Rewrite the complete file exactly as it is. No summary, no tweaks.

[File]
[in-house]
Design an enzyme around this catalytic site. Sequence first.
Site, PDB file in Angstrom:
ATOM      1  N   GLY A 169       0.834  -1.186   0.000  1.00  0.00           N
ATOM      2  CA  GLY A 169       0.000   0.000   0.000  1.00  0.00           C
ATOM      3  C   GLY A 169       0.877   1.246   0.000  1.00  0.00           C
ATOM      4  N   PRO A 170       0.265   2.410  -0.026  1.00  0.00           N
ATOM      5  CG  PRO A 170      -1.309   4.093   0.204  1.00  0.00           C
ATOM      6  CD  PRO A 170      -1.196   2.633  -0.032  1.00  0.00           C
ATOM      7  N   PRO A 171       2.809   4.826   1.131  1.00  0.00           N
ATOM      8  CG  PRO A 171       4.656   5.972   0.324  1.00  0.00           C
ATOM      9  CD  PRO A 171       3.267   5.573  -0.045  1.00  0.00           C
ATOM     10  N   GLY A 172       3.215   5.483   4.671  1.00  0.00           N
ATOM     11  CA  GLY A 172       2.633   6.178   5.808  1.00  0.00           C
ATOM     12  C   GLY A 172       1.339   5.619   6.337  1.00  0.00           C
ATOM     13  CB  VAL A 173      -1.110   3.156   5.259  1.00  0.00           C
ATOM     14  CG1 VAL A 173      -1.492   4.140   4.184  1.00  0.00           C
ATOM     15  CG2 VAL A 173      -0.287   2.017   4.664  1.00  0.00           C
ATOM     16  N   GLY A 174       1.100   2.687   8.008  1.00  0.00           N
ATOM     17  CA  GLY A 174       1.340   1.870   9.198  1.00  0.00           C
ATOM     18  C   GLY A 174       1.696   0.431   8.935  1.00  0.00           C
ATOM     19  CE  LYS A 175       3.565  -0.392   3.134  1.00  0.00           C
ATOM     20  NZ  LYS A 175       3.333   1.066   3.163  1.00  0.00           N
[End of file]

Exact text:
[in-house]
Design an enzyme around this catalytic site. Sequence first.
Site, PDB file in Angstrom:
ATOM      1  N   GLY A 169       0.834  -1.186   0.000  1.00  0.00           N
ATOM      2  CA  GLY A 169       0.000   0.000   0.000  1.00  0.00           C
ATOM      3  C   GLY A 169       0.877   1.246   0.000  1.00  0.00           C
ATOM      4  N   PRO A 170       0.265   2.410  -0.026  1.00  0.00           N
ATOM      5  CG  PRO A 170      -1.309   4.093   0.204  1.00  0.00           C
ATOM      6  CD  PRO A 170      -1.196   2.633  -0.032  1.00  0.00           C
ATOM      7  N   PRO A 171       2.809   4.826   1.131  1.00  0.00           N
ATOM      8  CG  PRO A 171       4.656   5.972   0.324  1.00  0.00           C
ATOM      9  CD  PRO A 171       3.267   5.573  -0.045  1.00  0.00           C
ATOM     10  N   GLY A 172       3.215   5.483   4.671  1.00  0.00           N
ATOM     11  CA  GLY A 172       2.633   6.178   5.808  1.00  0.00           C
ATOM     12  C   GLY A 172       1.339   5.619   6.337  1.00  0.00           C
ATOM     13  CB  VAL A 173      -1.110   3.156   5.259  1.00  0.00           C
ATOM     14  CG1 VAL A 173      -1.492   4.140   4.184  1.00  0.00           C
ATOM     15  CG2 VAL A 173      -0.287   2.017   4.664  1.00  0.00           C
ATOM     16  N   GLY A 174       1.100   2.687   8.008  1.00  0.00           N
ATOM     17  CA  GLY A 174       1.340   1.870   9.198  1.00  0.00           C
ATOM     18  C   GLY A 174       1.696   0.431   8.935  1.00  0.00           C
ATOM     19  CE  LYS A 175       3.565  -0.392   3.134  1.00  0.00           C
ATOM     20  NZ  LYS A 175       3.333   1.066   3.163  1.00  0.00           N